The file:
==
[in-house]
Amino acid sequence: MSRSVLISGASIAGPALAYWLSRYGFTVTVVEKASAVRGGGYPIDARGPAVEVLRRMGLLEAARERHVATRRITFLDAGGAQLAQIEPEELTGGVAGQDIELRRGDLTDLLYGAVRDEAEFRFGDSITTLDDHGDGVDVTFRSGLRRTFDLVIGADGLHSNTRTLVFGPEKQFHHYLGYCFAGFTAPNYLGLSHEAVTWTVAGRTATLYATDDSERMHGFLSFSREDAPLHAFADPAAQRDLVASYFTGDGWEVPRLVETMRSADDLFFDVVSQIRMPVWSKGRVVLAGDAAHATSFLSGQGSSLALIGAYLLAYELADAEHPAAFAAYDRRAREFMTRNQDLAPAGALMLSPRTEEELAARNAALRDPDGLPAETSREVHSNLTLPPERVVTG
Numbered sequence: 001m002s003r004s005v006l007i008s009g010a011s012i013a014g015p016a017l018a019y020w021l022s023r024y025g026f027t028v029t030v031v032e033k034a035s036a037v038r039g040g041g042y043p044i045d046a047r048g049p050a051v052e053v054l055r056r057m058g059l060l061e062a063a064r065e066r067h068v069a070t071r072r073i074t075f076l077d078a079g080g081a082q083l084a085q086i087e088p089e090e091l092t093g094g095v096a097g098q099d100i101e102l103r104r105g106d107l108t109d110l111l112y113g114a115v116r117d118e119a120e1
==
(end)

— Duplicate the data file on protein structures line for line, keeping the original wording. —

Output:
[in-house]
Amino acid sequence: MSRSVLISGASIAGPALAYWLSRYGFTVTVVEKASAVRGGGYPIDARGPAVEVLRRMGLLEAARERHVATRRITFLDAGGAQLAQIEPEELTGGVAGQDIELRRGDLTDLLYGAVRDEAEFRFGDSITTLDDHGDGVDVTFRSGLRRTFDLVIGADGLHSNTRTLVFGPEKQFHHYLGYCFAGFTAPNYLGLSHEAVTWTVAGRTATLYATDDSERMHGFLSFSREDAPLHAFADPAAQRDLVASYFTGDGWEVPRLVETMRSADDLFFDVVSQIRMPVWSKGRVVLAGDAAHATSFLSGQGSSLALIGAYLLAYELADAEHPAAFAAYDRRAREFMTRNQDLAPAGALMLSPRTEEELAARNAALRDPDGLPAETSREVHSNLTLPPERVVTG
Numbered sequence: 001m002s003r004s005v006l007i008s009g010a011s012i013a014g015p016a017l018a019y020w021l022s023r024y025g026f027t028v029t030v031v032e033k034a035s036a037v038r039g040g041g042y043p044i045d046a047r048g049p050a051v052e053v054l055r056r057m058g059l060l061e062a063a064r065e066r067h068v069a070t071r072r073i074t075f076l077d078a079g080g081a082q083l084a085q086i087e088p089e090e091l092t093g094g095v096a097g098q099d100i101e102l103r104r105g106d107l108t109d110l111l112y113g114a115v116r117d118e119a120e1